The Lunchbox Doodles
It started when my oldest son was five,
the day that kindergarten would arrive.
His mother thought, or hoped, or had a hunch:
he’d like a little loving with his lunch.
It didn’t take me long, and wasn’t hard
to draw a simple doodle on a card.
I’ll never know how come I chose to jot
a happy little flower in a pot.
Although the first I made for him was lost
(most likely, I suspect that it was tossed),
he asked if I would draw another one,
and so I did. And thus it had begun:
I’d draw another doodle every day
from August to the end of school in May.
And when he entered first, it didn’t end:
another year continuing the trend.
From there, when he began the second grade,
I added in the poems I had made,
and if THAT wasn’t hard enough to do,
his younger brother got a doodle too.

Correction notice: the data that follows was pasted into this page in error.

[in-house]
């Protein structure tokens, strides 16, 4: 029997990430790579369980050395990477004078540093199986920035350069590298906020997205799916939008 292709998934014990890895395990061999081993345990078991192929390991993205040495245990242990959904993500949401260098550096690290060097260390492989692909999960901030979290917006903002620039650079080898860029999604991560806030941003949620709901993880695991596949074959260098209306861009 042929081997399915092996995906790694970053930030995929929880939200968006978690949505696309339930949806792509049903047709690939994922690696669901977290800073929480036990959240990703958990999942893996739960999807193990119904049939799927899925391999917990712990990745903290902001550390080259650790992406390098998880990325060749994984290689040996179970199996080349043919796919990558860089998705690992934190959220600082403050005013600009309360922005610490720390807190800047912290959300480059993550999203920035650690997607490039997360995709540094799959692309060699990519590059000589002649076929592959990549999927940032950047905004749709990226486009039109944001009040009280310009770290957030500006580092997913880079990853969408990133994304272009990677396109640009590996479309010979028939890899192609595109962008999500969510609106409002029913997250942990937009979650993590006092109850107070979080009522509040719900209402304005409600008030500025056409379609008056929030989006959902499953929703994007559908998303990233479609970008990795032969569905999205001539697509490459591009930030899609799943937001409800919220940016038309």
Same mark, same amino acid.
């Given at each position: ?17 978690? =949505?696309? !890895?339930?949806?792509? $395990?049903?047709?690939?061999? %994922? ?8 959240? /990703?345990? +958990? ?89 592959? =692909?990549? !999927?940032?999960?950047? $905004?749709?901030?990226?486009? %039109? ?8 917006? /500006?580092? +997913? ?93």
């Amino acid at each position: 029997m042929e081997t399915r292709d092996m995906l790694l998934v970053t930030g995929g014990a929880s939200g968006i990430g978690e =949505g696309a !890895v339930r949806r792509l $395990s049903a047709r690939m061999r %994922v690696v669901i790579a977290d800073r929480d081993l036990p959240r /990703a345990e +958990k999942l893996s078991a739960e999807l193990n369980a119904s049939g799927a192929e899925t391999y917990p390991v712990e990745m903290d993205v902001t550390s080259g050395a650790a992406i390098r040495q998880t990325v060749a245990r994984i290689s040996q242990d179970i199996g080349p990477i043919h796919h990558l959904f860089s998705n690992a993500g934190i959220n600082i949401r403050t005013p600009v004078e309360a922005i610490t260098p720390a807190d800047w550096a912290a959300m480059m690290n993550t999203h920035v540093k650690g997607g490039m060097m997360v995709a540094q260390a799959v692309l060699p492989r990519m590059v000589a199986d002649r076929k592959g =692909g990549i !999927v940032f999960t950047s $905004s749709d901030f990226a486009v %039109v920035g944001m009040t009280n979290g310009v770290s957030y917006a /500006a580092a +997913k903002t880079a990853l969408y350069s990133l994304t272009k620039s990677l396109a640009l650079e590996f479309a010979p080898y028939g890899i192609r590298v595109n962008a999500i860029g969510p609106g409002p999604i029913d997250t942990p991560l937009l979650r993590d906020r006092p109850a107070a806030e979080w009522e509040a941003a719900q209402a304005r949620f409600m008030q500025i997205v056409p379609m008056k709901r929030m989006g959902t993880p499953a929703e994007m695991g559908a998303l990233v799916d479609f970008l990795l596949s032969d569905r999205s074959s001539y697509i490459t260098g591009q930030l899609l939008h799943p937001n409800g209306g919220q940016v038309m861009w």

But when I wasn’t seeing them as much,
this loving labor kept our hearts in touch.
Year four, I started drawing three a day
and started shading variants of gray.
Before another series could begin –
although I loved the work – it stretched me thin.
My sons and I agreed that it was fair:
if I would COLOR one, then they would share.
Year five flew by. Today year six has passed,
with still about a dozen ’til the last.
Each day, another doodle will appear.
It’s something worth repeating every year.
It’s how I show I love them, in a way:
by doodling and writing every day.
I may have missed delivering a few,
but swear I’ve done the best that I could do.
And now, with sixteen-hundred ninety done:
I plan to doodle on, and on, and on….